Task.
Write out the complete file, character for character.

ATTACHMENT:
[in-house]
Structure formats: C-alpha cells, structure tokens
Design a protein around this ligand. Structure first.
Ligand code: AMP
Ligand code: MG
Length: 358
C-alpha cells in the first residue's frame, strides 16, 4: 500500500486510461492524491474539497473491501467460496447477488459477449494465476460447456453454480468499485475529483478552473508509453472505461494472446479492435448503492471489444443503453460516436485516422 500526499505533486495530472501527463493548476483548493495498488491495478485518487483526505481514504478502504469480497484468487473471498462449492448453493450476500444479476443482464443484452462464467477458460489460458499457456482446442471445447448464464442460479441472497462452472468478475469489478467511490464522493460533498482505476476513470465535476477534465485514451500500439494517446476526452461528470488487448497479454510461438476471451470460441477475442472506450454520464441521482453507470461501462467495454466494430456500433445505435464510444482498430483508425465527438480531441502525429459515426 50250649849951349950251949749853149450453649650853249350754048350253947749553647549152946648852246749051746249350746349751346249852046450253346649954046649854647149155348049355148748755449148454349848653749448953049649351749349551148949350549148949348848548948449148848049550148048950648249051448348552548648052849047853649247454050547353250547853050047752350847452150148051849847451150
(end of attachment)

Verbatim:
[in-house]
Structure formats: C-alpha cells, structure tokens
Design a protein around this ligand. Structure first.
Ligand code: AMP
Ligand code: MG
Length: 358
C-alpha cells in the first residue's frame, strides 16, 4: 500500500486510461492524491474539497473491501467460496447477488459477449494465476460447456453454480468499485475529483478552473508509453472505461494472446479492435448503492471489444443503453460516436485516422 500526499505533486495530472501527463493548476483548493495498488491495478485518487483526505481514504478502504469480497484468487473471498462449492448453493450476500444479476443482464443484452462464467477458460489460458499457456482446442471445447448464464442460479441472497462452472468478475469489478467511490464522493460533498482505476476513470465535476477534465485514451500500439494517446476526452461528470488487448497479454510461438476471451470460441477475442472506450454520464441521482453507470461501462467495454466494430456500433445505435464510444482498430483508425465527438480531441502525429459515426 50250649849951349950251949749853149450453649650853249350754048350253947749553647549152946648852246749051746249350746349751346249852046450253346649954046649854647149155348049355148748755449148454349848653749448953049649351749349551148949350549148949348848548948449148848049550148048950648249051448348552548648052849047853649247454050547353250547853050047752350847452150148051849847451150